Friday, February 22, 2019

Poetry Friday--Student Poems


photo via Unsplash

Helping My Mom Cook

I let my hands go on an adventure with cooking,
chopping away the evil monsters.
My cooking is like an adventure,
Turning the stove on,
and seeing the boiling water,
like lava.

When it boils,
the lava
is letting out all the smoke.
Turning the stove off,
and seeing the boiling water stop,
like the lava
stopped letting out smoke.

Then grabbing the plate,
like finding a map for the loot.
Finally eating the food,
like finding the loot.

by Sarkees K.





photo via unsplash

Snow

The white clouds
the frosty air the dazzling
snowflakes that fall from the skies

You can do all kinds of things
in the dazzling snow

You can make a snowman a snowball
you can also watch it snow

Don’t you feel the frosty air
don’t you feel how cold it is
don’t you feel how cold the snow is

It’s all because of the axis pointed
away from the sun, the indirect
sunlight.


by Shadman M.




In our pacing guide for 5th grade writing instruction, we've come back around to narrative writing. When I looked at what I'm expected to teach ("Use concrete words and phrases and sensory details to convey experiences precisely; use a variety of transitional words, phrases, and clauses to manage the sequence of events") it seemed like this work could definitely be done using the story telling medium of poetry.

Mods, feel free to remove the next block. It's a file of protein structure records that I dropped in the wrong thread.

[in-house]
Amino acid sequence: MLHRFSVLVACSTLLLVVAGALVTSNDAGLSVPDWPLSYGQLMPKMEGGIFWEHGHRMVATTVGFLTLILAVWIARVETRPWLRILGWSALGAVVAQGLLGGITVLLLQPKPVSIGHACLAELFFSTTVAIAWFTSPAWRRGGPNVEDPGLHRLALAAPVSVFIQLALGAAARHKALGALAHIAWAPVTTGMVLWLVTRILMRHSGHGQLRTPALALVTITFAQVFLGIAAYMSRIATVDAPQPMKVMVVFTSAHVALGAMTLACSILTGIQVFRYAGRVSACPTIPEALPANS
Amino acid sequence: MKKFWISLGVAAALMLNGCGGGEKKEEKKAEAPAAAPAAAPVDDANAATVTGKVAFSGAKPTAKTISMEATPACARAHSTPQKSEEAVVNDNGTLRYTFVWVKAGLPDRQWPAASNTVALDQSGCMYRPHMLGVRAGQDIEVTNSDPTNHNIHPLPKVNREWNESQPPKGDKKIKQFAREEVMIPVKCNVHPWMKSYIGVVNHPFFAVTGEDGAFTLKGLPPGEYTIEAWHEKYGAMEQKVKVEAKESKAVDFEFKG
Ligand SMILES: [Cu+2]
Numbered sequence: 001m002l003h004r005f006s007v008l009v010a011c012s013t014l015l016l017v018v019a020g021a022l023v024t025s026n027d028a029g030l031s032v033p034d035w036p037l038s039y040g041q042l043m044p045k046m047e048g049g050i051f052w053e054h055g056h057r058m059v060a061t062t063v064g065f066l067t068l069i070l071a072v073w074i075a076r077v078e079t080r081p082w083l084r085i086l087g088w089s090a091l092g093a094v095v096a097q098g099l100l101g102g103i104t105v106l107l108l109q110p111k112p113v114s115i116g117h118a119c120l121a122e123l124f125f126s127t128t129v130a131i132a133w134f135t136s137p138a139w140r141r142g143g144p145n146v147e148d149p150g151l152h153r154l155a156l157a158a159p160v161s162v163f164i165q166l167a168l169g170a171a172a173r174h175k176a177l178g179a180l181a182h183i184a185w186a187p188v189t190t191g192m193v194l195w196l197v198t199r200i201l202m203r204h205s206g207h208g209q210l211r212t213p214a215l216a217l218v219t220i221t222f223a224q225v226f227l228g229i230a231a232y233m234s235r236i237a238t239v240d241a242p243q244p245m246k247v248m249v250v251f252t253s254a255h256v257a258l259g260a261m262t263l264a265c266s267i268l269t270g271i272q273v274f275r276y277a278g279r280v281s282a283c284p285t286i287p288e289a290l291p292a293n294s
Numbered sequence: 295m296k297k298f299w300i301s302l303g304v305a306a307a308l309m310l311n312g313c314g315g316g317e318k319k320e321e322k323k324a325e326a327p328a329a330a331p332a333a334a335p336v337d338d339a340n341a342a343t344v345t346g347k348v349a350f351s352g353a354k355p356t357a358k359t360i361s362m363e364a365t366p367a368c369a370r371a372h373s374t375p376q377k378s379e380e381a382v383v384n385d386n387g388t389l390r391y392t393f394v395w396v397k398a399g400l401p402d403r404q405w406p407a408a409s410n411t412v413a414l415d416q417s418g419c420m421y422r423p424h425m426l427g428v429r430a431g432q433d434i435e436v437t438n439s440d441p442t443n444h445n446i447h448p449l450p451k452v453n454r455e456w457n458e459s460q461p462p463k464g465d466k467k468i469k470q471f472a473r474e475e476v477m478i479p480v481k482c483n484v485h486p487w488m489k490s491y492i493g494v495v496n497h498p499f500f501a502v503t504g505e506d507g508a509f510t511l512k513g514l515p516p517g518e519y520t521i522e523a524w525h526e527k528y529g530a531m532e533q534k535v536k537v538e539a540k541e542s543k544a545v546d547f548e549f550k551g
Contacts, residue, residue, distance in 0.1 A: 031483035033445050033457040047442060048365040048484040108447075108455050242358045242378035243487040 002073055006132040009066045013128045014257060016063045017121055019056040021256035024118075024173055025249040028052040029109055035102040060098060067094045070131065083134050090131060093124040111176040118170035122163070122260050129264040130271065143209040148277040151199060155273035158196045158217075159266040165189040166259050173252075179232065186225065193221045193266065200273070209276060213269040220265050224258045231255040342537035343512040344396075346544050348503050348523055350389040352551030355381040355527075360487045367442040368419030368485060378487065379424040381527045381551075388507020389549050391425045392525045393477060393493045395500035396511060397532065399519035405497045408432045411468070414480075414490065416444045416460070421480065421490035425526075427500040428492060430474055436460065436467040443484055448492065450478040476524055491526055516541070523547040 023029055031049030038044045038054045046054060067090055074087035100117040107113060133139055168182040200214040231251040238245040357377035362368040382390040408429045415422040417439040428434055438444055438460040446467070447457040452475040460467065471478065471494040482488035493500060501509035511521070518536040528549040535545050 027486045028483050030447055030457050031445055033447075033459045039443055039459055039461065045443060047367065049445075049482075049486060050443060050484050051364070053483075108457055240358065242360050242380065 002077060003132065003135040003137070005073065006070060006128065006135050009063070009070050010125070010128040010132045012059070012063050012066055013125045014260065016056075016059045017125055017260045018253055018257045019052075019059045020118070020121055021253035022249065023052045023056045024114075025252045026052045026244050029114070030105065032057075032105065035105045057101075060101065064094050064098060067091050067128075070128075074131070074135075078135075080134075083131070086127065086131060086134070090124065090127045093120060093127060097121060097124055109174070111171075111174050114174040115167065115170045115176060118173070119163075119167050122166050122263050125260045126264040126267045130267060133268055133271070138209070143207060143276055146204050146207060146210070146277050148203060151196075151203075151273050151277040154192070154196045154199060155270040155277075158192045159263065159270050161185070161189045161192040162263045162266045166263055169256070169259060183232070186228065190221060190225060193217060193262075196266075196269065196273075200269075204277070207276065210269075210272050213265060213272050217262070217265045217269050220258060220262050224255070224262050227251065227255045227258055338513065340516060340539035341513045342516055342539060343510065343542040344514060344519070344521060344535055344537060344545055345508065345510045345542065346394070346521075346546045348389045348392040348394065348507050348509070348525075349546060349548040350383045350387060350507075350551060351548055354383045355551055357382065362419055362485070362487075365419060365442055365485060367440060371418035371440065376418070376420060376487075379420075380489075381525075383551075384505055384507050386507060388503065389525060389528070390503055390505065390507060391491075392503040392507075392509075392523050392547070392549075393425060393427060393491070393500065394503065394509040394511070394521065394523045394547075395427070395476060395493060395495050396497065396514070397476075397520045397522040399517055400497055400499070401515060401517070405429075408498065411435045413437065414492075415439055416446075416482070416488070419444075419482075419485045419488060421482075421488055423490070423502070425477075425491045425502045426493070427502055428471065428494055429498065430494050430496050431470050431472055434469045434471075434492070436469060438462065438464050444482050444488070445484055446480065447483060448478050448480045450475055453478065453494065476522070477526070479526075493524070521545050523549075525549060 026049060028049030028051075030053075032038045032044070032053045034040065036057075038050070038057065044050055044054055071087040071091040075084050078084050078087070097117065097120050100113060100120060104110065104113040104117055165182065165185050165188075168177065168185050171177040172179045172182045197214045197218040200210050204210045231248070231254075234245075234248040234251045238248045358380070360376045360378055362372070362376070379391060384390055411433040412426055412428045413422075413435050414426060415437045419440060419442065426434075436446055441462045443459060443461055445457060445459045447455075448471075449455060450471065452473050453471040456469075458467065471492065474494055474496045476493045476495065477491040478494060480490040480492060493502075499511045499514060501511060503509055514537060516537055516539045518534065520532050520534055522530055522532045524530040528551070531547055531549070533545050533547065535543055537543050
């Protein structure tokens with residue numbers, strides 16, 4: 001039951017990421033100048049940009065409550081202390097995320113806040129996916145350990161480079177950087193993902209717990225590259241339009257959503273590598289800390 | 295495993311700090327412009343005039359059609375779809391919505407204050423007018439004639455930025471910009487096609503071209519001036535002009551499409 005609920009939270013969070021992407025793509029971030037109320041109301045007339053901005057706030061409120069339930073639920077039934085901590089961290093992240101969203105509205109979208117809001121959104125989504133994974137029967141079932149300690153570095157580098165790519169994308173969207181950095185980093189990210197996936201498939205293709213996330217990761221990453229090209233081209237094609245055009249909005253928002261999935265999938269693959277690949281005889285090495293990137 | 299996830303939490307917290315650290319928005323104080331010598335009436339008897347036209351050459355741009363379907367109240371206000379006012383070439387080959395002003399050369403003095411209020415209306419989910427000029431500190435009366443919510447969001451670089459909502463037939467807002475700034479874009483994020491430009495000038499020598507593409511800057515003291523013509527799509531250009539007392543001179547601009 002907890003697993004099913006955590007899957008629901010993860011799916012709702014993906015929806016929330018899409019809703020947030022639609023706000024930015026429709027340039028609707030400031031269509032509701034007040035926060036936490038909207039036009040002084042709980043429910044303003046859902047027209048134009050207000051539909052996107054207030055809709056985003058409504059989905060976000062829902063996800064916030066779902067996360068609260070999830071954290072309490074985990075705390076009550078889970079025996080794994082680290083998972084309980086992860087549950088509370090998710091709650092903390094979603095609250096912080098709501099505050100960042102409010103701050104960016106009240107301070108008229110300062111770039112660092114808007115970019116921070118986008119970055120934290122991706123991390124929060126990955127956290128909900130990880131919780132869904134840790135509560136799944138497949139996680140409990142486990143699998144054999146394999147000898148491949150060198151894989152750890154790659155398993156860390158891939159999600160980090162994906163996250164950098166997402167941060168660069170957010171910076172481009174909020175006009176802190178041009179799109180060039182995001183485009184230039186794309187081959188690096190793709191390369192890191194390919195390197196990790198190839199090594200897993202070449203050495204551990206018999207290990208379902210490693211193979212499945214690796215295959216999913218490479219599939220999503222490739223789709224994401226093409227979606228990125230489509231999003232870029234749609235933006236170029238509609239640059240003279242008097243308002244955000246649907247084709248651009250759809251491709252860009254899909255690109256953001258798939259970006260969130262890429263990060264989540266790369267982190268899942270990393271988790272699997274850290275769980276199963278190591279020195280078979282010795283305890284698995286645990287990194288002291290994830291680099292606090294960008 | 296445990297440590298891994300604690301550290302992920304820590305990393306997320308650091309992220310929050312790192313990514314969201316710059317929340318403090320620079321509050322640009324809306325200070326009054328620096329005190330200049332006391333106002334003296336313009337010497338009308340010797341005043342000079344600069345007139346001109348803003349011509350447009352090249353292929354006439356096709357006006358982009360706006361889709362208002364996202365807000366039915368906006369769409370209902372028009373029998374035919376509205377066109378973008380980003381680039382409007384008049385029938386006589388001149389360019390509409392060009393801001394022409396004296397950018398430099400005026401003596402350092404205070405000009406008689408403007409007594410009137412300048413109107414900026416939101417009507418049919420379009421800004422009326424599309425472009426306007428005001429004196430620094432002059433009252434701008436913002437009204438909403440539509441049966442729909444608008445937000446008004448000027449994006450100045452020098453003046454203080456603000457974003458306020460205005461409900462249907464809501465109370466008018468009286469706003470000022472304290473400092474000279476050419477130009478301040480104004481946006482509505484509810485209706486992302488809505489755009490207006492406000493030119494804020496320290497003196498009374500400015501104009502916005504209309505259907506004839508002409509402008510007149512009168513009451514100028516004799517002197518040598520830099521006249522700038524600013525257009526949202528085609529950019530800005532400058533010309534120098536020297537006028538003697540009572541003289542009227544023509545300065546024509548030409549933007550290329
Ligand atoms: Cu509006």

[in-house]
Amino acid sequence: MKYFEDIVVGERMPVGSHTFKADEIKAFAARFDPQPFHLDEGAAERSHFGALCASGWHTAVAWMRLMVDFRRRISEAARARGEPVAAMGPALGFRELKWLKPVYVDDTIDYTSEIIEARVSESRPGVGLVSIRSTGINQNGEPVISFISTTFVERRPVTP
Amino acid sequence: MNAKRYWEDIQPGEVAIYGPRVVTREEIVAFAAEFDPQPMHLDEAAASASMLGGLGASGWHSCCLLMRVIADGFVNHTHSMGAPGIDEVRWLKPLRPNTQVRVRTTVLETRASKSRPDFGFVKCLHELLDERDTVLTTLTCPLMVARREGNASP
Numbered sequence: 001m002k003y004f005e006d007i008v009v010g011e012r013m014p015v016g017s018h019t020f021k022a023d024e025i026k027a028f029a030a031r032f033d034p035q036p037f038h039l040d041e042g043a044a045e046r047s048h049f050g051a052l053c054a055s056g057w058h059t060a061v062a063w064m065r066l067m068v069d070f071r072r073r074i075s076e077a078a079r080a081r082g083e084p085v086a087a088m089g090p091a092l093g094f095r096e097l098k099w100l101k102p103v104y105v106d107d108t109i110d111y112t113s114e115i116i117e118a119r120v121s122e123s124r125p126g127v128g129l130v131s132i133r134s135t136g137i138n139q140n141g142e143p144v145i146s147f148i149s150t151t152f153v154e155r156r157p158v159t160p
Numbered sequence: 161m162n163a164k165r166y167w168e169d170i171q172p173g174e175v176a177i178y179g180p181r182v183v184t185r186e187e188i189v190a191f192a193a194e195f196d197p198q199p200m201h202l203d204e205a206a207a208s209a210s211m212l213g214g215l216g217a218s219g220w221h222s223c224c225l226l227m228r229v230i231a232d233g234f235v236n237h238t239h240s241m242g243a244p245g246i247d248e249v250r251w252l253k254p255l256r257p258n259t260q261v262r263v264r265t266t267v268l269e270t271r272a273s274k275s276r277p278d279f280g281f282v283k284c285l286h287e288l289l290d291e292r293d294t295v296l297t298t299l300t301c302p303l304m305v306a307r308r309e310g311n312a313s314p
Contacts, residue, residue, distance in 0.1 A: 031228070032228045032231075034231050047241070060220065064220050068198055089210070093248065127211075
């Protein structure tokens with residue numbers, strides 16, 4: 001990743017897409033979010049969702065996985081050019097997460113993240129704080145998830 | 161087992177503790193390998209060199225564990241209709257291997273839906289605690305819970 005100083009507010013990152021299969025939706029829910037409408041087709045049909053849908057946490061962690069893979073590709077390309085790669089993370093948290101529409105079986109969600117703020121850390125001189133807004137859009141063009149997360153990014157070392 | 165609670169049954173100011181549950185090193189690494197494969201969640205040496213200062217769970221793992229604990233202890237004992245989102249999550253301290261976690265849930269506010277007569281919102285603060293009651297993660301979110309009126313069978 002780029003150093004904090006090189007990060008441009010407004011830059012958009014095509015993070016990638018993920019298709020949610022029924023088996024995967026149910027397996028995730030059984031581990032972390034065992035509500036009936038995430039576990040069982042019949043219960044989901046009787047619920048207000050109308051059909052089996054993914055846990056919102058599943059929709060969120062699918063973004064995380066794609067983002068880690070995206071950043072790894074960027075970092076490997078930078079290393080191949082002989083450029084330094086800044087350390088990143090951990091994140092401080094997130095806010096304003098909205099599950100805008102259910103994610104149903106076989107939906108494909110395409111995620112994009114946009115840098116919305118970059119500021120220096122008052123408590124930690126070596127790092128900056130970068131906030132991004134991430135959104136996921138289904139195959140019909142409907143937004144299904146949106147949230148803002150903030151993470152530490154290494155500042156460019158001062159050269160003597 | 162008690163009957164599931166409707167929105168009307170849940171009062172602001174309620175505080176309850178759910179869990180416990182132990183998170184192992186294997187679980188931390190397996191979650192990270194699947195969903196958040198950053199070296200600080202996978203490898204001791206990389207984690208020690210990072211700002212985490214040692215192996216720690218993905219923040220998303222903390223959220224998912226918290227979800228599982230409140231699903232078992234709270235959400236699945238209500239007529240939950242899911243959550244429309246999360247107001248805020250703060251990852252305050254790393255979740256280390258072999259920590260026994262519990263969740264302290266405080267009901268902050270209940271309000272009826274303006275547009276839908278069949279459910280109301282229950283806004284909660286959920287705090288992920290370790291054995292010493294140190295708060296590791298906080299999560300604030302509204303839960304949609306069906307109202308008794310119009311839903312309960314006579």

We began by brainstorming ordinary daily events. Even though video games are likely the most ordinary thing most of my students do on a daily basis, we didn't use those examples for our writing topics. We've also begun doing 5 minute quick writes at the beginning of most writing workshop times. This has seeded their writer's notebooks with lots of good material for their poems.

I was thrilled with Sarkees' poem about cooking with his mom. Without ever being taught about extended metaphors, he brought his adventure metaphor all the way through his poem. Sarkees wants more than anything to be a chef when he grows up. It is fun to see students' passions coming through in their writing.

Shadman's poem is so like him. He worked hard to be very poetic in his first stanzas, even including some repetition. But the logical, scientific side of him gets the last word in the conclusion, an echo of what he learned about the seasons in science earlier in the year.

Thank you, Sarkees and Shadman for sharing your poems!


Robyn has the Poetry Friday roundup this week at Life on the Deckle Edge.


20 comments:

  1. These student poets are well on their way, with your mindful guidance - such deep, evocative poems, each is. Brava for "Helping My Mom Cook" & for "Snow."

    Whenever you share your students' work, I feel a bit of relief to think of these, our future leaders, & have hope that all will be well in the world.

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  2. Yes, I was struck by the metaphors in Sarkees' poem as well! Wonderful. And Shadman's repetition of "don't you feel" is lovely and warm in this snow poem. Thank you for sharing! xo

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  3. Wonderful to see these -- of course I was tickled pink with Sarkee's cooking poem -- he's right that working at the stove is an adventure. Also enjoyed Shadman's dazzling snowflakes -- saw some big puffy ones just the other day. Lovely imagery!

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  4. Wonderful to hear from your student poets. I like Shadman's observation that out of all the things you can do in the dazzling snow, "you can also watch it snow." That's my favorite thing to do!
    And Sarkees' adventure with cooking is the best kind leading to finding the loot and eating the food.

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  5. I would love to eat Sarkee's loot when he becomes a chef -- fun metaphor!